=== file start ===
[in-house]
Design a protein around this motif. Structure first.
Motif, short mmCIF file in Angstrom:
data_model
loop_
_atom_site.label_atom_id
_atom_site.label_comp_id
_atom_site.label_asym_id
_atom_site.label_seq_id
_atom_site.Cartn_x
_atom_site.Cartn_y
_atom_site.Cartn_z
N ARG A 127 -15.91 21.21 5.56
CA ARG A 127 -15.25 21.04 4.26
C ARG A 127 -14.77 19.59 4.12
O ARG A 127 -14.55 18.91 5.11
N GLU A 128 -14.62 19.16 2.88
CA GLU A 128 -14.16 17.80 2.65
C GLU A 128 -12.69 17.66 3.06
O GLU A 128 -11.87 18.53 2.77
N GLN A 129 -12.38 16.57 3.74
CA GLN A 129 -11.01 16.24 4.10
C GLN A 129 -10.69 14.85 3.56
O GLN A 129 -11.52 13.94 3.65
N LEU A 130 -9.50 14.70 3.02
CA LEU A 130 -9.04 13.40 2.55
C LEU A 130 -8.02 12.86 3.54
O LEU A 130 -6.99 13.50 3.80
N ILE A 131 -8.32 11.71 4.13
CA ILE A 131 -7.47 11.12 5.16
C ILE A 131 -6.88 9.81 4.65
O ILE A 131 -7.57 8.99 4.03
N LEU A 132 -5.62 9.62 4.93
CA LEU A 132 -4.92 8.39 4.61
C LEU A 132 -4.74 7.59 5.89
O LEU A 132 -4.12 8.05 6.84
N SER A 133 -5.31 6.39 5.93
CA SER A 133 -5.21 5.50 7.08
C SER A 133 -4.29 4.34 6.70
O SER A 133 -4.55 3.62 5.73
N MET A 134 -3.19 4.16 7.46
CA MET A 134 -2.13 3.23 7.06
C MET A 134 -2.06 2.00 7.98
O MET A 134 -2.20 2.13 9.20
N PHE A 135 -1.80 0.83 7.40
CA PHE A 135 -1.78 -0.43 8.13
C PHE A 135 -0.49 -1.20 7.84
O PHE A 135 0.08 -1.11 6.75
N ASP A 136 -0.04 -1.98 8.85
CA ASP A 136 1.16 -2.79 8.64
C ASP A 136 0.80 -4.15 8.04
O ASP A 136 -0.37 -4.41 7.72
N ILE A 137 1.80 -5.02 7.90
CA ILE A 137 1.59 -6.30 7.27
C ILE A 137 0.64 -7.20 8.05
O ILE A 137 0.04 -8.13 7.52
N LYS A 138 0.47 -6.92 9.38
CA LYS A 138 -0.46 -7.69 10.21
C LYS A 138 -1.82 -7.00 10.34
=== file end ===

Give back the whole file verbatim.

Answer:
[in-house]
Design a protein around this motif. Structure first.
Motif, short mmCIF file in Angstrom:
data_model
loop_
_atom_site.label_atom_id
_atom_site.label_comp_id
_atom_site.label_asym_id
_atom_site.label_seq_id
_atom_site.Cartn_x
_atom_site.Cartn_y
_atom_site.Cartn_z
N ARG A 127 -15.91 21.21 5.56
CA ARG A 127 -15.25 21.04 4.26
C ARG A 127 -14.77 19.59 4.12
O ARG A 127 -14.55 18.91 5.11
N GLU A 128 -14.62 19.16 2.88
CA GLU A 128 -14.16 17.80 2.65
C GLU A 128 -12.69 17.66 3.06
O GLU A 128 -11.87 18.53 2.77
N GLN A 129 -12.38 16.57 3.74
CA GLN A 129 -11.01 16.24 4.10
C GLN A 129 -10.69 14.85 3.56
O GLN A 129 -11.52 13.94 3.65
N LEU A 130 -9.50 14.70 3.02
CA LEU A 130 -9.04 13.40 2.55
C LEU A 130 -8.02 12.86 3.54
O LEU A 130 -6.99 13.50 3.80
N ILE A 131 -8.32 11.71 4.13
CA ILE A 131 -7.47 11.12 5.16
C ILE A 131 -6.88 9.81 4.65
O ILE A 131 -7.57 8.99 4.03
N LEU A 132 -5.62 9.62 4.93
CA LEU A 132 -4.92 8.39 4.61
C LEU A 132 -4.74 7.59 5.89
O LEU A 132 -4.12 8.05 6.84
N SER A 133 -5.31 6.39 5.93
CA SER A 133 -5.21 5.50 7.08
C SER A 133 -4.29 4.34 6.70
O SER A 133 -4.55 3.62 5.73
N MET A 134 -3.19 4.16 7.46
CA MET A 134 -2.13 3.23 7.06
C MET A 134 -2.06 2.00 7.98
O MET A 134 -2.20 2.13 9.20
N PHE A 135 -1.80 0.83 7.40
CA PHE A 135 -1.78 -0.43 8.13
C PHE A 135 -0.49 -1.20 7.84
O PHE A 135 0.08 -1.11 6.75
N ASP A 136 -0.04 -1.98 8.85
CA ASP A 136 1.16 -2.79 8.64
C ASP A 136 0.80 -4.15 8.04
O ASP A 136 -0.37 -4.41 7.72
N ILE A 137 1.80 -5.02 7.90
CA ILE A 137 1.59 -6.30 7.27
C ILE A 137 0.64 -7.20 8.05
O ILE A 137 0.04 -8.13 7.52
N LYS A 138 0.47 -6.92 9.38
CA LYS A 138 -0.46 -7.69 10.21
C LYS A 138 -1.82 -7.00 10.34